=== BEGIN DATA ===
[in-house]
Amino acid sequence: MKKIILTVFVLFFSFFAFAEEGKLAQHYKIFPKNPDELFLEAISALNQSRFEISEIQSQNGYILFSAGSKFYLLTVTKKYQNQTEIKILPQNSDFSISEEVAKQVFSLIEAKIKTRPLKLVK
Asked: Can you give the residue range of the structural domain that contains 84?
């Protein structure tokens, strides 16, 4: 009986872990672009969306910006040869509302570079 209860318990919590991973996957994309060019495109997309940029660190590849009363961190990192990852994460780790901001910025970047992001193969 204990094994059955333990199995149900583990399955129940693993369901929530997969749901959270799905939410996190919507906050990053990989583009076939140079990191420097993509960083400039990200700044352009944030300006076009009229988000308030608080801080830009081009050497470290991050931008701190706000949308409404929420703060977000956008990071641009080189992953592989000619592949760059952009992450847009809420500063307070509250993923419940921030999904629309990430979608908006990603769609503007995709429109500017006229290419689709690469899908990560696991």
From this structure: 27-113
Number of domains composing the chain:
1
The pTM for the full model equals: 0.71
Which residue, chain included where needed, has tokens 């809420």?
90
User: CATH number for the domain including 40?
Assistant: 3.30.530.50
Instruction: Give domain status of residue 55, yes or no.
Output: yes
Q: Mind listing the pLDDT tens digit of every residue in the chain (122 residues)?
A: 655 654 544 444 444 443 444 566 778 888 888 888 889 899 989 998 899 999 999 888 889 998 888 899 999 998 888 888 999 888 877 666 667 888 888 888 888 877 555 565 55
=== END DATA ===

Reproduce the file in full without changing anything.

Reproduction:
[in-house]
Amino acid sequence: MKKIILTVFVLFFSFFAFAEEGKLAQHYKIFPKNPDELFLEAISALNQSRFEISEIQSQNGYILFSAGSKFYLLTVTKKYQNQTEIKILPQNSDFSISEEVAKQVFSLIEAKIKTRPLKLVK
Asked: Can you give the residue range of the structural domain that contains 84?
């Protein structure tokens, strides 16, 4: 009986872990672009969306910006040869509302570079 209860318990919590991973996957994309060019495109997309940029660190590849009363961190990192990852994460780790901001910025970047992001193969 204990094994059955333990199995149900583990399955129940693993369901929530997969749901959270799905939410996190919507906050990053990989583009076939140079990191420097993509960083400039990200700044352009944030300006076009009229988000308030608080801080830009081009050497470290991050931008701190706000949308409404929420703060977000956008990071641009080189992953592989000619592949760059952009992450847009809420500063307070509250993923419940921030999904629309990430979608908006990603769609503007995709429109500017006229290419689709690469899908990560696991």
From this structure: 27-113
Number of domains composing the chain:
1
The pTM for the full model equals: 0.71
Which residue, chain included where needed, has tokens 């809420």?
90
User: CATH number for the domain including 40?
Assistant: 3.30.530.50
Instruction: Give domain status of residue 55, yes or no.
Output: yes
Q: Mind listing the pLDDT tens digit of every residue in the chain (122 residues)?
A: 655 654 544 444 444 443 444 566 778 888 888 888 889 899 989 998 899 999 999 888 889 998 888 899 999 998 888 888 999 888 877 666 667 888 888 888 888 877 555 565 55